‘A little gem’ is how BlueRock Diamonds PLC (LON:BRD) chief executive Adam Waugh describes the company’s Kareevlei diamond mine at Kimberley, South Africa.
Any pun was unintentional but Waugh believes that while small, as diamond mines go, Kareevlei may indeed be perfectly formed.
Latest results for a second tender of diamonds from the mine illustrate why he is so upbeat.
Sales were its highest to date, earning the group R3.25mln or US$226,400 from an auction of the record amount of almost 610 carats (cpth) worth of diamonds.
Importantly, the value of the carats sold rose to US$371.25 compared to an average US$336.65 previously.
That price puts it comfortably into the world’s top ten kimberlite mines on a dollar per carat basis.
The auction also confirmed the high quality of diamonds mined at Kareevlei, he added, especially as the average price was achieved without any exceptionally large diamonds.
“The largest sold was 5.5 carats.”
Quality is king
Quality is king in the industry he explains, with diamonds sold almost on a case-by-case basis.
Diamonds are mined from kimberlite pipes formed aeons ago in the aftermath of huge volcanic eruptions.
Of these, only around 5% contain grades or concentrations of diamonds commercial enough to warrant being mined.
Kareevlei has five of these pipes on its 3,000 hectare licence, though currently all production is coming from one, K2, and even here from right at the top of the pipe.
Waugh explains: “You have to find a kimberlite, establish if it holds diamonds and then mine it.”
“We have found the kimberlite, carried out the tests to see if it is a reasonable grade and now we are in the mining phase.”
So far that has involved blasting and stripping away a hard, 10m deep calcrete top surface.
Now it is down into the 10m-20m level, where it found the diamonds sold in the latest auction.
But it is when the mining operation gets through this and into the next 10m that things start to get really interesting, says Waugh.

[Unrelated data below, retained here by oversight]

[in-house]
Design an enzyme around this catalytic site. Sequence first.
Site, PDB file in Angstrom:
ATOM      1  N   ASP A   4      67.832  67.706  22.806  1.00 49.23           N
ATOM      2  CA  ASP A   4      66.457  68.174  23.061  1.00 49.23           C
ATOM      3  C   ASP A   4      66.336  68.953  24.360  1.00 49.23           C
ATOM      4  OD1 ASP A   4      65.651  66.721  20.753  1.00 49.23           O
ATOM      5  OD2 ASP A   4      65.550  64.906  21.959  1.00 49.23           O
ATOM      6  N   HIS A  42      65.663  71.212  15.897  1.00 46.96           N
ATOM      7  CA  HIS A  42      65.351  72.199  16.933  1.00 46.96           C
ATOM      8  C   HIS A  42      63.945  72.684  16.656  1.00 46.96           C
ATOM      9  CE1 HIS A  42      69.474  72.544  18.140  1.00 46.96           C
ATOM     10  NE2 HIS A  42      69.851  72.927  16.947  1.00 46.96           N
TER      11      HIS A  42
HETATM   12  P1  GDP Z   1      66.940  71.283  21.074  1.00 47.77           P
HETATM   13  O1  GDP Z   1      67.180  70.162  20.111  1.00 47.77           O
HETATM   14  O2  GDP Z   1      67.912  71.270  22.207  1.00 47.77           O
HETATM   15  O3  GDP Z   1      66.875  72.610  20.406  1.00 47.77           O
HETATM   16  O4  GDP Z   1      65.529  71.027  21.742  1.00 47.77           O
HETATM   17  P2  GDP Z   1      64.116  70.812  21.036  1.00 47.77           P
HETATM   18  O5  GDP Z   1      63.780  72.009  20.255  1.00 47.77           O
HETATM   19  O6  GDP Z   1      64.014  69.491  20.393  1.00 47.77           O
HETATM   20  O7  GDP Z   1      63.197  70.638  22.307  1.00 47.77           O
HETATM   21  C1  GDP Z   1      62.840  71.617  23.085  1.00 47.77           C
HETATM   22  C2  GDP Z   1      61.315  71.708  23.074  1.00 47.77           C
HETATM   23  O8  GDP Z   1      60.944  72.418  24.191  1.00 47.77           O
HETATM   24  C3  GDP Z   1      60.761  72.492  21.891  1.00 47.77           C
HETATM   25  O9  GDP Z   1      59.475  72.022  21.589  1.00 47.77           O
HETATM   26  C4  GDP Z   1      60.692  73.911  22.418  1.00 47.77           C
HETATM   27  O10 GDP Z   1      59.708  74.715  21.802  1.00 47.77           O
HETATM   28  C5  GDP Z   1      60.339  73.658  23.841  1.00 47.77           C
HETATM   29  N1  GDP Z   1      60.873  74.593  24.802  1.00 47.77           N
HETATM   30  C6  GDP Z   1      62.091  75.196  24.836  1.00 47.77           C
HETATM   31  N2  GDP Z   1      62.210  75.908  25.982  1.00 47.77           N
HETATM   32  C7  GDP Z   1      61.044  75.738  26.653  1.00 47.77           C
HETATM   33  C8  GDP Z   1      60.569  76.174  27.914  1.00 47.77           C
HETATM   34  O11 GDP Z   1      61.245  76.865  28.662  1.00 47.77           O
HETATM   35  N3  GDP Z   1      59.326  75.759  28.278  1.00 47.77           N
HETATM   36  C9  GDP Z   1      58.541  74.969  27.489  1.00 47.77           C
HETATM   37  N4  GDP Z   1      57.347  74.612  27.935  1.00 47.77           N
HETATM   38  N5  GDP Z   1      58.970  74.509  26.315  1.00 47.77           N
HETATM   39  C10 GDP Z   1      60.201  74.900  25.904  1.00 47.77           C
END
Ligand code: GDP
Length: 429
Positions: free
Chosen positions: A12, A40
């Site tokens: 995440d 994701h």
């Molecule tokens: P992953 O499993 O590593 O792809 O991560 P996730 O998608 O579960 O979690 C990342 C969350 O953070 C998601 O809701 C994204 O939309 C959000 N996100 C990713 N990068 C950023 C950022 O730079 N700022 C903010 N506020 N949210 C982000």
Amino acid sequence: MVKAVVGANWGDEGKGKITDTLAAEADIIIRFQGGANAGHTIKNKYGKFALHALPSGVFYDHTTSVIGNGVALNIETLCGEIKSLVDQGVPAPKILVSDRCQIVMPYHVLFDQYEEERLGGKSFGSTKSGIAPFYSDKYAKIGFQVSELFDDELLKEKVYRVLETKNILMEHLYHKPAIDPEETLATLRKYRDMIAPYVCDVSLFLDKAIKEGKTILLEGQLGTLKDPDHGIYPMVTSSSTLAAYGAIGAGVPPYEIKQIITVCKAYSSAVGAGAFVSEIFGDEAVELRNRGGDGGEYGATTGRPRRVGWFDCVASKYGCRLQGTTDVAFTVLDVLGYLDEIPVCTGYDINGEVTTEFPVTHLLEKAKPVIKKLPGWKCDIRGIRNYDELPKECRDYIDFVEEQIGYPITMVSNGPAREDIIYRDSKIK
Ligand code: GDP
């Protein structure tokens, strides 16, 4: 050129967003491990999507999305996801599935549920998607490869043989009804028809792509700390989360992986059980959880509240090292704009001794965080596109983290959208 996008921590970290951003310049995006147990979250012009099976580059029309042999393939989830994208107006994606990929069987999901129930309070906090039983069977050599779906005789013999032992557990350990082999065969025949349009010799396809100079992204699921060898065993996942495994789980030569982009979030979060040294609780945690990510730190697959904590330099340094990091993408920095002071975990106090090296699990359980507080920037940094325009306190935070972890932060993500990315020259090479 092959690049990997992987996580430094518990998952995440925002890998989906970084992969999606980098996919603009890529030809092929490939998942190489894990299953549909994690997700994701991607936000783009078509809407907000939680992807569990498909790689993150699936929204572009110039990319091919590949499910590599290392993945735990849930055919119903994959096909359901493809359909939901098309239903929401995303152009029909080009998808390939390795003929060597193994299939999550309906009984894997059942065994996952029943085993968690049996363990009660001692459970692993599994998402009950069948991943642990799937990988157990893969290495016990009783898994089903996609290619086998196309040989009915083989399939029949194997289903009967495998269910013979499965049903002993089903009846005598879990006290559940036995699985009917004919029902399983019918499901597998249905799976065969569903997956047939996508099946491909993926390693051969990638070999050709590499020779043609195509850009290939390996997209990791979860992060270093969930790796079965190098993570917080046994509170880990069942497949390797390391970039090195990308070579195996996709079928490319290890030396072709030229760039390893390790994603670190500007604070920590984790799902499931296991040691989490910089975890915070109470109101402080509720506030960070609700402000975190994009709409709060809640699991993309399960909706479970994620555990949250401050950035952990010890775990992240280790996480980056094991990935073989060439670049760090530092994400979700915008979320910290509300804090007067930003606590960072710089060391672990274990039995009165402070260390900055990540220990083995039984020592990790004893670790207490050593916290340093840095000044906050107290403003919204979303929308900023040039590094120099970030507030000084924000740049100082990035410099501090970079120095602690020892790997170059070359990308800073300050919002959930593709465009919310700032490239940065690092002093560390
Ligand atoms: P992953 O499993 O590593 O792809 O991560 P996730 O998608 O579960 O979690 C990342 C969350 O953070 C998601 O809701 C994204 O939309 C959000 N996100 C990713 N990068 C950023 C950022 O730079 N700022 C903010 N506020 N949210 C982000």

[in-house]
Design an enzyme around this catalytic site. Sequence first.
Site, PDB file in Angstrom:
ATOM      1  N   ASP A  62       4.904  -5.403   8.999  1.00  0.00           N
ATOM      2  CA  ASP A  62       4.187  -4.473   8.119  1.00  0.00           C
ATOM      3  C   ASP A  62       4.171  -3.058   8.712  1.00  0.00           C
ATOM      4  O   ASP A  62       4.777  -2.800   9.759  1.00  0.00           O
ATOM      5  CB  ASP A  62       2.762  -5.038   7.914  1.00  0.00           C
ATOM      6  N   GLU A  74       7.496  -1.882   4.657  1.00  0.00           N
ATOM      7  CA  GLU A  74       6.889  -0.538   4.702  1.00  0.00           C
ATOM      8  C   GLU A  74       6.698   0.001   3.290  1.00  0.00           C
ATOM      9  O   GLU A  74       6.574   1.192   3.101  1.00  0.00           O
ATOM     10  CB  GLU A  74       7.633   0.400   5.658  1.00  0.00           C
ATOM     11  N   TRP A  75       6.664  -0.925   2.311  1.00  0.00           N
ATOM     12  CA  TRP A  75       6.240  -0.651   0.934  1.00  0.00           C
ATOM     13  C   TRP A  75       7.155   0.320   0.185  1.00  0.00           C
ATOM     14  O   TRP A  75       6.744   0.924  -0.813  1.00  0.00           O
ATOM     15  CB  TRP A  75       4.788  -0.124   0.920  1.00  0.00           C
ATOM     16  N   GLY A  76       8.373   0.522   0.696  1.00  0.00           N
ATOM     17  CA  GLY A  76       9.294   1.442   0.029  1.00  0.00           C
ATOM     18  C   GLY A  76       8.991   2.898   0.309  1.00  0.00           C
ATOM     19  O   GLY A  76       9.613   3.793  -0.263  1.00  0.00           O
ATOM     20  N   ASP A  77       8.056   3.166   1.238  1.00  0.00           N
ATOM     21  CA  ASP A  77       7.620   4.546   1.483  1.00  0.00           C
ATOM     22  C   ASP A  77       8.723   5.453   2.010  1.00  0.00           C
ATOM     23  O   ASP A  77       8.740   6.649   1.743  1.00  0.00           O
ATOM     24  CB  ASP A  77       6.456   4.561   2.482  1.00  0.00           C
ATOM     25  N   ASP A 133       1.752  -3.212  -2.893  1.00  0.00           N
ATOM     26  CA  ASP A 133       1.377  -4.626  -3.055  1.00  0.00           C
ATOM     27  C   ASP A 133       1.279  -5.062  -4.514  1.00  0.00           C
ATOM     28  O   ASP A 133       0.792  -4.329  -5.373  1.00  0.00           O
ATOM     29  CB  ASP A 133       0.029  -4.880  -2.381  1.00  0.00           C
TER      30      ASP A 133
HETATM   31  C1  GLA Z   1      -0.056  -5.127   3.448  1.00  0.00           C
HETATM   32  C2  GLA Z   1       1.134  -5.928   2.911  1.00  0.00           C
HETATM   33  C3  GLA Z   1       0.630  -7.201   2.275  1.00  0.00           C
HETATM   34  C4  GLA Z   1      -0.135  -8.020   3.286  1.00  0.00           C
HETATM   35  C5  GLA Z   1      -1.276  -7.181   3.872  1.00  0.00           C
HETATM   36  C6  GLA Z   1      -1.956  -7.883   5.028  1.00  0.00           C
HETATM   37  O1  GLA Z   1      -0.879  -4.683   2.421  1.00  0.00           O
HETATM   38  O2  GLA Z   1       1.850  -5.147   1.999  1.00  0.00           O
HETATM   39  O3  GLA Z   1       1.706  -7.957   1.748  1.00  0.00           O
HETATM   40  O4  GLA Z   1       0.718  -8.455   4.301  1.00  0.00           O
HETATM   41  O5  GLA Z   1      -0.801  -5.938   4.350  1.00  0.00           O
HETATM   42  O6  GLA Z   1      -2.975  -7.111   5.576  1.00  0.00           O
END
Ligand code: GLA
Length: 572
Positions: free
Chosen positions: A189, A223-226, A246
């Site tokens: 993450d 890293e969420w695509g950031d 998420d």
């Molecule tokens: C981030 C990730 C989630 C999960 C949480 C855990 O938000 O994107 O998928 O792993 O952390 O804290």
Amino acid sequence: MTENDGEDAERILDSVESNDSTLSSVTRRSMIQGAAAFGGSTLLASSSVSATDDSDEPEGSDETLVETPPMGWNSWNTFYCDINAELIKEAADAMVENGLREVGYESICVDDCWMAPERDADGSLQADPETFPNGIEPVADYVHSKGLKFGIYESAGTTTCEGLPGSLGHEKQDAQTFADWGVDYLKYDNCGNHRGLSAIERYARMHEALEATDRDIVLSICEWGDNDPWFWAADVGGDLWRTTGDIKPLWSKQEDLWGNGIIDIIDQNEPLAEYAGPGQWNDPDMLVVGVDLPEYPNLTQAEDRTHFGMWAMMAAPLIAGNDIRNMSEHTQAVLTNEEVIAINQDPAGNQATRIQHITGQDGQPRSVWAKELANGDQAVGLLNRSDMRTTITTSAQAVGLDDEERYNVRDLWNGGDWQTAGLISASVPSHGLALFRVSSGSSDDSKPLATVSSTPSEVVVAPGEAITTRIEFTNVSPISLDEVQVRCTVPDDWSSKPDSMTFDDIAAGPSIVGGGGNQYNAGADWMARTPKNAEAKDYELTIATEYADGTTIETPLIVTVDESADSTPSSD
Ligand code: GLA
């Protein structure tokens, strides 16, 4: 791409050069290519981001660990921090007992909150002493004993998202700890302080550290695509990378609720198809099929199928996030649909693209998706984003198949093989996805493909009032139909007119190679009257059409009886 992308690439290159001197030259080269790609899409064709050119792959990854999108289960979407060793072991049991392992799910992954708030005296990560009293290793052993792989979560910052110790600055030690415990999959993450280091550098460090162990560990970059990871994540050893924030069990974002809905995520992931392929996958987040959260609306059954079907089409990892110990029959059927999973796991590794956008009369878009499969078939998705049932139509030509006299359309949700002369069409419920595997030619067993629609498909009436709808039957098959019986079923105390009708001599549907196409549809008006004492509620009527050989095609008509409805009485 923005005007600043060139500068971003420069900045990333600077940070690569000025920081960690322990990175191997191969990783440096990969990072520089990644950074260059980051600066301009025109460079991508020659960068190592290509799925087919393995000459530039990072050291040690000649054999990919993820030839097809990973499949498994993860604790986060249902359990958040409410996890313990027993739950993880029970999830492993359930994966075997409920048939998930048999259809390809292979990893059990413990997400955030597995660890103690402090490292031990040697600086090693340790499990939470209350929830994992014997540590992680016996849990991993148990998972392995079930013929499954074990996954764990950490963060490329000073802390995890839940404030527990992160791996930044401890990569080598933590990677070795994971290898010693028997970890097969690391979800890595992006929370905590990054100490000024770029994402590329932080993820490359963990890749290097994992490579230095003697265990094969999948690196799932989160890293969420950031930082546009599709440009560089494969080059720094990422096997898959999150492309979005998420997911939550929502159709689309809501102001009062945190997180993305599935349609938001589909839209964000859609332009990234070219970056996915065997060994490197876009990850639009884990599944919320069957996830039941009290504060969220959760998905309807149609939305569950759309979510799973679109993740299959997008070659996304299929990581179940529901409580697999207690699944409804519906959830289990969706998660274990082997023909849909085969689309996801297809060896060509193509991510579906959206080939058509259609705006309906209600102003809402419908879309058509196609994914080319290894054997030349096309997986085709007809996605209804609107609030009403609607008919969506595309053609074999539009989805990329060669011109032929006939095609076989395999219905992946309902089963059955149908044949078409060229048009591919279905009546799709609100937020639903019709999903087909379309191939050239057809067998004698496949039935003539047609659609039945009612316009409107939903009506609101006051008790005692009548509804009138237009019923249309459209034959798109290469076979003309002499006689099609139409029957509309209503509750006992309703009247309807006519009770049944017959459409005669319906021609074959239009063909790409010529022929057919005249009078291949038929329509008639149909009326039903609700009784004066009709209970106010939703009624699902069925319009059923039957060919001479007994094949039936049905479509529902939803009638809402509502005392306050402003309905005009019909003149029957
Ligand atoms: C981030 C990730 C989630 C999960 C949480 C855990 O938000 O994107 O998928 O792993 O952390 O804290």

“The diamonds won’t be bigger, but the second layer has been diluted to some extent by the calcrete, so this will be the first layer of pure kimberlite.
“Characteristics won’t change but the grade or number of carats per 100 tonnes that we mine should improve.”
And Waugh is very aware that an increase in the number of carats recovered will have a disproportionate effect on the bottom line.
More carats equals more profit
“Our mining costs won’t change. So if we can get the caratage up from 600 to 1,000 it will make a huge difference.”
The impact will likely be significant on the market cap as well, given that the company is valued at just £2.6mln at 1.72p.
Waugh reckons BlueRock can mine down to 70m in an open pit at K2 before the costs start to get prohibitive.
Then there is the potential of an underground operation, though Waugh is not sure the grades seen so far would warrant that.
Development of the other four pipes at Kareevlei is also underway.
Exploration has started at the as yet undrilled K5, though it is K1 that is likely to come on stream next year to give some flexibility in production.
Of course, the game would change again if BlueRock pulled out a monster diamond, but while a nice bonus, Waugh is not setting the company up for that eventuality.
Kareevlei‘s largest diamond so far has been 11.7 cpth, though analysis has suggested the potential for much bigger stones.
“If we pull out something exciting great but that’s not the economics” he says.
“The key is to get Kareevlei cash flow positive at US$300 per carat, after that we have a low risk asset with 17 years left.”
While Kareevlei might be the focus for now, Waugh does have wider ambitions.
BlueRock has one other asset, Jubilee, where some small scale bulk sampling has taken place but the plans are broader than just this.
Have quote, will use it
“We have a quote and we intend to use it," he says.
In particular, that means targeting the mid-sized deposits that are too small for the giants, but too large for the alluvial mining community to handle.
Waugh, a former stockbroker, has already moved to Kimberley to be more hands-on.
“There is a great opportunity in smaller and mid-sized pipes,” especially as these often have good data as at some time one of the larger companies would have assessed the potential.
Indeed, most would probably have been part of the De Beers stable at one time, “but we can look, assess and take on the opportunity.”